Responding to the justice and rights implications of the COVID-19 pandemic

As it unfolds, the Coronavirus-19 (COVID-19) pandemic is throwing into stark relief the deep failures and inequities in our current economic, social, legal and political orders. From our fragmented and profit-driven health care system to the absence of social safety nets, the conditions in which we live are enabling the virus to spread unchecked, with the greatest burden both from the disease itself and from the steps taken to check the virus, falling upon those with the least power. The Global Health Justice Partnership has been working with colleagues locally, nationally and internationally to respond to the health justice and human rights-implications of the pandemic. Our focus is on the public and private interventions and social supports that are necessary to protect the health and rights of the most vulnerable during this immediate crisis and to build a new infrastructure of care that supports our collective wellbeing in the long-term.

Public Health Workforce






Health Justice: Theory to Practice, Spring 2021

This course was offered in Spring 2021 as a theoretical and experiential course with a distinctive structure. The first half of the course provided an intensive introduction to the social, economic, political and legal determinants of health, developed through readings and classroom discussion. The seminar focused on the politics of care, and COVID-19 in the U.S and used a health justice lens to explore the historical structures and policy choices that have shaped the pandemic. The course evaluated the role of race, class and gender in structuring vulnerability, and explored the ability of technical versus power-building approaches to advance health justice and health equity. In the second half of the course, students worked in teams to put their learning into practice. 


  1. Confronting A Legacy of Scarcity: A Plan for America’s Reinvestment in Public Health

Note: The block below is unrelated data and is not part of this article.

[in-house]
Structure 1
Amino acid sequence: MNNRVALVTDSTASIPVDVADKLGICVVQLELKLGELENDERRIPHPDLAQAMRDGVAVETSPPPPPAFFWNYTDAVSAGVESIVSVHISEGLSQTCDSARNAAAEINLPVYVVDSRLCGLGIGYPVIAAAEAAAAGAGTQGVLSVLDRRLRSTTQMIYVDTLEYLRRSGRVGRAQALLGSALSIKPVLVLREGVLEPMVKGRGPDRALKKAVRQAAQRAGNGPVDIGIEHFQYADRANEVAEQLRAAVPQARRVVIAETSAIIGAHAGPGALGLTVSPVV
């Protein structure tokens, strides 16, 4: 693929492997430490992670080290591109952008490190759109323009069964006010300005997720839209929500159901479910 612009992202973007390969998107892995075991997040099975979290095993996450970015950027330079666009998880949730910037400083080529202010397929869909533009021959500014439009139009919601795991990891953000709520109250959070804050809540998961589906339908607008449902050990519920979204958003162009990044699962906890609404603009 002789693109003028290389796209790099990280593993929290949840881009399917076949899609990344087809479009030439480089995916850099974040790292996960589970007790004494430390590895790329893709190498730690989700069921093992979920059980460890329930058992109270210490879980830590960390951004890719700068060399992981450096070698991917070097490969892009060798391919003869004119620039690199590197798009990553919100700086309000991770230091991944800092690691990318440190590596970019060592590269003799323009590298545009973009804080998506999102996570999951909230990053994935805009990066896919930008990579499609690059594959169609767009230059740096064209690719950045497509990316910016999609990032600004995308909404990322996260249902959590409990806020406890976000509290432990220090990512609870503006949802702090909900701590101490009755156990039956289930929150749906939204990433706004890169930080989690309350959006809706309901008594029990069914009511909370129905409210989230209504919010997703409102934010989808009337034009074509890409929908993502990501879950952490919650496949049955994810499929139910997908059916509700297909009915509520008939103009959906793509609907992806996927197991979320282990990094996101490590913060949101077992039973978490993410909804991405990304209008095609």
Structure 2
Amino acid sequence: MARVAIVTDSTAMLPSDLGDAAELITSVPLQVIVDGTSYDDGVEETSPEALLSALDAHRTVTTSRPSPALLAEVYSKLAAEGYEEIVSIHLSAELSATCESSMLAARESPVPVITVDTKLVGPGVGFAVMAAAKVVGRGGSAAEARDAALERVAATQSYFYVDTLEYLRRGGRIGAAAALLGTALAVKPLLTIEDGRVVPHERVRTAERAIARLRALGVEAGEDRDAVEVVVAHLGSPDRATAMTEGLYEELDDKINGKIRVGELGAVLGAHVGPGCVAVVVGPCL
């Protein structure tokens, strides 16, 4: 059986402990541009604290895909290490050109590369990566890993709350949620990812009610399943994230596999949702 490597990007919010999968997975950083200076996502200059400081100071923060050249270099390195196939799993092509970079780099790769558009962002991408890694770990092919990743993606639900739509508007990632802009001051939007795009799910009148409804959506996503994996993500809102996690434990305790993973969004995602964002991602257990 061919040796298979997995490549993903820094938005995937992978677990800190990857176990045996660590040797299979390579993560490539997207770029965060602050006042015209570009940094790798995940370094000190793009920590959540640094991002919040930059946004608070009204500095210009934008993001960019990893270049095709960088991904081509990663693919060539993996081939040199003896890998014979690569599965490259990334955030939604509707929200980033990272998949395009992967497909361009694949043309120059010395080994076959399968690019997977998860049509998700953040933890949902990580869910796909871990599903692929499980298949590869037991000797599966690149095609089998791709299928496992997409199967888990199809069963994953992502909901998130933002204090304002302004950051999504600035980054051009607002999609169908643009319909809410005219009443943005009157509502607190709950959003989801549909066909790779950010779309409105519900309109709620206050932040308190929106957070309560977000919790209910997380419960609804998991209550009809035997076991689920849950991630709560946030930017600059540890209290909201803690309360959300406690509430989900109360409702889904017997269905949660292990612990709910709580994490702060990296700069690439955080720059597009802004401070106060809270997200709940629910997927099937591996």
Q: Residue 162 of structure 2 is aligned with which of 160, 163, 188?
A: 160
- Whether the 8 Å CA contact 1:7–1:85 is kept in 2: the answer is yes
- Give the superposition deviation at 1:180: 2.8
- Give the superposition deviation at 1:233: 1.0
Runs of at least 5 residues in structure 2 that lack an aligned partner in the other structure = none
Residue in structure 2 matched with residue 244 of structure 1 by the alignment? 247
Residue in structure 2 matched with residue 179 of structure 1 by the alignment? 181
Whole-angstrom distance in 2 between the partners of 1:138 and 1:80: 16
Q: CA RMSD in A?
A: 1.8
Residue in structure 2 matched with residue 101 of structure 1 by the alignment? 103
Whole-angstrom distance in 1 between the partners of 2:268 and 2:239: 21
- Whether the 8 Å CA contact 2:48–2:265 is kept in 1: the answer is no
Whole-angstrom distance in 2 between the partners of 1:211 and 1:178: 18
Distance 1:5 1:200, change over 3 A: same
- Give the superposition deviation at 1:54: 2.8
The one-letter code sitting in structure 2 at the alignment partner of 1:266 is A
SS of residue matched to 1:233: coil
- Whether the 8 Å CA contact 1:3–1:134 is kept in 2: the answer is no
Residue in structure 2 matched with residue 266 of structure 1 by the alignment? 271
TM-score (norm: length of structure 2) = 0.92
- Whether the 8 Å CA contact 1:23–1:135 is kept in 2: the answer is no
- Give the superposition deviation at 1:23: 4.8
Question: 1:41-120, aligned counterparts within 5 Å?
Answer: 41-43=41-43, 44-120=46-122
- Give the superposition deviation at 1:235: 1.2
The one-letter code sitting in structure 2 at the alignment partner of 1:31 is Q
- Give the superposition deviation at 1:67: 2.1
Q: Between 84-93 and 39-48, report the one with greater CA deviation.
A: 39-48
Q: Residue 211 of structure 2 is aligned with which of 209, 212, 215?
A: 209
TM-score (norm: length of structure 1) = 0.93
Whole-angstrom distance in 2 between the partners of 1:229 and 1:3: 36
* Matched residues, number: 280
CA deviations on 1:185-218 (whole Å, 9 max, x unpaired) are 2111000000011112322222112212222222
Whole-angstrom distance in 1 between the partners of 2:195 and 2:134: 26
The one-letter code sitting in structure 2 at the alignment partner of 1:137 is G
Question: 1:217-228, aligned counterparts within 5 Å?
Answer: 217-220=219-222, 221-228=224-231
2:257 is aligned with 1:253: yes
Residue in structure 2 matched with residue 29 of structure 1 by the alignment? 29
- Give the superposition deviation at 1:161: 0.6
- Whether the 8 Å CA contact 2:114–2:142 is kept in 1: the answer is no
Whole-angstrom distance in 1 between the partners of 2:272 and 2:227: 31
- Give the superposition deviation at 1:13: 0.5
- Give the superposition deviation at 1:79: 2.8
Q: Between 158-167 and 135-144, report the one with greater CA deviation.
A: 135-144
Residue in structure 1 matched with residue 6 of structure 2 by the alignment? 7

The students on this team interviewed over 20 public health experts, scholars, and practitioners to assess how we may begin to reverse the course of continued disinvestment in our public health infrastructure. The resulting report highlights the need for a mandatory public health funding stream made available to states and localities and insulated from attempts to shift funding away from public health and explores various routes to achieve that end. 
  2. How to Advocate for Good Jobs to End the COVID-19 Crisis and Address Health Inequity with Recent Federal Funding
    This student team created an in-depth toolkit for community-based organizations looking to access federal funding and bolster their community health workforce. The toolkit highlights the need for a community and public health workforce explicitly structured and supported to address new and existing health inequities, provides helpful talking points when advocating for these positions, and discusses in detail federal funding opportunities that may be used to strengthen our public health infrastructure. The toolkit is also featured on the website of our project partner, the Public Health Jobs Now coalition.
  3. COVID Is the Sprint, Equity Is the Marathon
    The students on this team drafted a set of recommendations for federal policymakers on how to overcome common barriers to scaling up a public and community health workforce and ensure that funds from the American Rescue Plan Act will be used to build a workforce responsive to the health and economic needs of marginalized communities and built on racial equity. The white paper recommends building the community and public health workforce by hiring directly from communities most impacted by COVID-19, allowing for community-based organizations to directly apply to up-front funding grants, and building processes for local community input and buy-in. 

Health Justice: Politics of Care, Spring 2022